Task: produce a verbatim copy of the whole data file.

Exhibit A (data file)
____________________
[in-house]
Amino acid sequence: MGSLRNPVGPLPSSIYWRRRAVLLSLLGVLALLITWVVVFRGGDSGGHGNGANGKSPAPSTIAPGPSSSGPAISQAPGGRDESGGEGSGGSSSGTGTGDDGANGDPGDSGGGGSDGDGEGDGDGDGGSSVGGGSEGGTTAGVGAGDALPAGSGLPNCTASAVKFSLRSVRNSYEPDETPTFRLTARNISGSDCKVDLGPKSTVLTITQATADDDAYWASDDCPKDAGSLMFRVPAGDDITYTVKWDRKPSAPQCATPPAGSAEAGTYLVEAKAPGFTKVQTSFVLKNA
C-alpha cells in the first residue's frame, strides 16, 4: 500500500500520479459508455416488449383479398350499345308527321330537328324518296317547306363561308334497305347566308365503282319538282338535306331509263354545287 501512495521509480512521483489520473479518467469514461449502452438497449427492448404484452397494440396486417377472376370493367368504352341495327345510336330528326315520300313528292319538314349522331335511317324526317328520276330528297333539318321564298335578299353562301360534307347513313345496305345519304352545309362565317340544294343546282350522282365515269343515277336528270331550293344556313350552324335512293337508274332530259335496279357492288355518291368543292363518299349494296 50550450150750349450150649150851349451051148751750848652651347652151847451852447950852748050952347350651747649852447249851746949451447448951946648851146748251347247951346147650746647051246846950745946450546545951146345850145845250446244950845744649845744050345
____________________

[in-house]
Amino acid sequence: MGSLRNPVGPLPSSIYWRRRAVLLSLLGVLALLITWVVVFRGGDSGGHGNGANGKSPAPSTIAPGPSSSGPAISQAPGGRDESGGEGSGGSSSGTGTGDDGANGDPGDSGGGGSDGDGEGDGDGDGGSSVGGGSEGGTTAGVGAGDALPAGSGLPNCTASAVKFSLRSVRNSYEPDETPTFRLTARNISGSDCKVDLGPKSTVLTITQATADDDAYWASDDCPKDAGSLMFRVPAGDDITYTVKWDRKPSAPQCATPPAGSAEAGTYLVEAKAPGFTKVQTSFVLKNA
C-alpha cells in the first residue's frame, strides 16, 4: 500500500500520479459508455416488449383479398350499345308527321330537328324518296317547306363561308334497305347566308365503282319538282338535306331509263354545287 501512495521509480512521483489520473479518467469514461449502452438497449427492448404484452397494440396486417377472376370493367368504352341495327345510336330528326315520300313528292319538314349522331335511317324526317328520276330528297333539318321564298335578299353562301360534307347513313345496305345519304352545309362565317340544294343546282350522282365515269343515277336528270331550293344556313350552324335512293337508274332530259335496279357492288355518291368543292363518299349494296 50550450150750349450150649150851349451051148751750848652651347652151847451852447950852748050952347350651747649852447249851746949451447448951946648851146748251347247951346147650746647051246846950745946450546545951146345850145845250446244950845744649845744050345